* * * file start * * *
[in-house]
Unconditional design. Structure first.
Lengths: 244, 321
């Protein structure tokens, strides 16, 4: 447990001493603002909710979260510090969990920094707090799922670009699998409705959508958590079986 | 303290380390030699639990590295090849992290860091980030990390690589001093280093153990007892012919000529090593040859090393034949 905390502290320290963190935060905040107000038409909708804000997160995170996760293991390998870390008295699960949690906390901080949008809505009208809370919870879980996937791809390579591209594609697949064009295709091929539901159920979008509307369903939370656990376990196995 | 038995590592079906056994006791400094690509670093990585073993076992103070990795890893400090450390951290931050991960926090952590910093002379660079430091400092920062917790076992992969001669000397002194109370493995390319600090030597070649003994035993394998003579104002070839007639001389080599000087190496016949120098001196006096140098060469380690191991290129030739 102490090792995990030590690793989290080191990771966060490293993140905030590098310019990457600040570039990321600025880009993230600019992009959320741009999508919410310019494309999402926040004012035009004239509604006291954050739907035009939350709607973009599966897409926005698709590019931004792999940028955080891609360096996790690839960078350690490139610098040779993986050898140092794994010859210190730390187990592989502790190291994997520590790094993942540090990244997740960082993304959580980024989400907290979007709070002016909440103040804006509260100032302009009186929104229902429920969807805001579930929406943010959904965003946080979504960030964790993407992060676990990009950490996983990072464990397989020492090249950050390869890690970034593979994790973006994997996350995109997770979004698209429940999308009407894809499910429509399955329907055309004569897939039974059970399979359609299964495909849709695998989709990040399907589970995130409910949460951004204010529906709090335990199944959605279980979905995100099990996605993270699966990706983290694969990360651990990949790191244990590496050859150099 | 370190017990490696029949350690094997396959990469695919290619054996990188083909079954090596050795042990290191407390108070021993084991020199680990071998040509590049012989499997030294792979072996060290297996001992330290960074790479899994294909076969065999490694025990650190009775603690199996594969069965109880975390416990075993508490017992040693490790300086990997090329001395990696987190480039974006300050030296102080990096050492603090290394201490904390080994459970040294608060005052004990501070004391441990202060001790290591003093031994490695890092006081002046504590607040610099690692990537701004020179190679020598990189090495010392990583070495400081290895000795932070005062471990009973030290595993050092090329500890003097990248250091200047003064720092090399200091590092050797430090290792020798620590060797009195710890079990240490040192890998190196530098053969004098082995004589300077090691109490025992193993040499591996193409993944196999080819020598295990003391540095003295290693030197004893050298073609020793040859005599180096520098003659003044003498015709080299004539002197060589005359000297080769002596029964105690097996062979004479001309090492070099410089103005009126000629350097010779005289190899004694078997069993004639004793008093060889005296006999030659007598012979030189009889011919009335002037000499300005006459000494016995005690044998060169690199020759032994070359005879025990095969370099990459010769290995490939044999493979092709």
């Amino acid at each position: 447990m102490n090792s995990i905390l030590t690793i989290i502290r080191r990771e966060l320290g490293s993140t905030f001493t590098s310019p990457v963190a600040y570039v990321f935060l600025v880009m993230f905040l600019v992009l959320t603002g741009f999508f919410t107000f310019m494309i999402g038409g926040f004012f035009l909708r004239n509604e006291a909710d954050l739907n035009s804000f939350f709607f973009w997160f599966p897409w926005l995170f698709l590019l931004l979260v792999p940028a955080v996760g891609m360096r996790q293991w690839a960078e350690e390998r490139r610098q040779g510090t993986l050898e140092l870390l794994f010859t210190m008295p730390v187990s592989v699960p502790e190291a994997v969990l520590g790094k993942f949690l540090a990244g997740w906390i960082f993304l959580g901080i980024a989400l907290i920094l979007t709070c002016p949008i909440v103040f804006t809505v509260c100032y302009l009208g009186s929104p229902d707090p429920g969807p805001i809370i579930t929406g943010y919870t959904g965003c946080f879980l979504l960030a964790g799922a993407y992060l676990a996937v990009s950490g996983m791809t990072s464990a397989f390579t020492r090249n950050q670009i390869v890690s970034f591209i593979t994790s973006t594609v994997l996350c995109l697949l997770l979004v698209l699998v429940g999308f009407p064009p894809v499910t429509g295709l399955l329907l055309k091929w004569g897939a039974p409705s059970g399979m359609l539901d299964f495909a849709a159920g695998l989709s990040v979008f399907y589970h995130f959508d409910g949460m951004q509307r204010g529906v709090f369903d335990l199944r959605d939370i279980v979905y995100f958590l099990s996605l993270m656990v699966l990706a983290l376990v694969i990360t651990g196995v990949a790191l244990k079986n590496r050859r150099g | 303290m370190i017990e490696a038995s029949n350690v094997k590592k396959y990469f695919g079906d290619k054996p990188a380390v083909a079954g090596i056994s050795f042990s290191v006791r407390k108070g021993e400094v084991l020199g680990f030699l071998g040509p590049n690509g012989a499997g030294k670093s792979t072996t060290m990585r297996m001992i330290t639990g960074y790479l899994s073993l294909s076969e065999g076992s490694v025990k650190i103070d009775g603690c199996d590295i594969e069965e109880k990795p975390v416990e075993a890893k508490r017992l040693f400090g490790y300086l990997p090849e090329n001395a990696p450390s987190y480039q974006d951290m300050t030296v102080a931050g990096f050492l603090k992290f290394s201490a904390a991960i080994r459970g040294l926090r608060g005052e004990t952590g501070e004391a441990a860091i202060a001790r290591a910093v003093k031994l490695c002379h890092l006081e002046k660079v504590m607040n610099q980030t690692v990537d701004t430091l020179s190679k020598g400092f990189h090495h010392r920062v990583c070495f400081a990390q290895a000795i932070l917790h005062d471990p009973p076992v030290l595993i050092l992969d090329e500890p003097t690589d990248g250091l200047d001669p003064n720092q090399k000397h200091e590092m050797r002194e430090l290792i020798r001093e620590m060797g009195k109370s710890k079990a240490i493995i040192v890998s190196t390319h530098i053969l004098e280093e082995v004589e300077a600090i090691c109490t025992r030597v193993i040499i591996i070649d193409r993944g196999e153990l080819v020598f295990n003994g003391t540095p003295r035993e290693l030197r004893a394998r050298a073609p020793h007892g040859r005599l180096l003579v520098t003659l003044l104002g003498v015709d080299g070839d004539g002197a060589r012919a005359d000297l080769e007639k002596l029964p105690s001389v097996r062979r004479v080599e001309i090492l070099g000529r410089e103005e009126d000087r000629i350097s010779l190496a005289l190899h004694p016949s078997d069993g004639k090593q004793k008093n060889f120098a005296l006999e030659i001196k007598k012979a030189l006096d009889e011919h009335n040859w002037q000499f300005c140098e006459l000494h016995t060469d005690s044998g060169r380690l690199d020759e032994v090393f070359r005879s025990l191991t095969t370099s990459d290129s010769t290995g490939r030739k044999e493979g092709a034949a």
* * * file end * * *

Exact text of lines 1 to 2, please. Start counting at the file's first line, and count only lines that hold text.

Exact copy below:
[in-house]
Unconditional design. Structure first.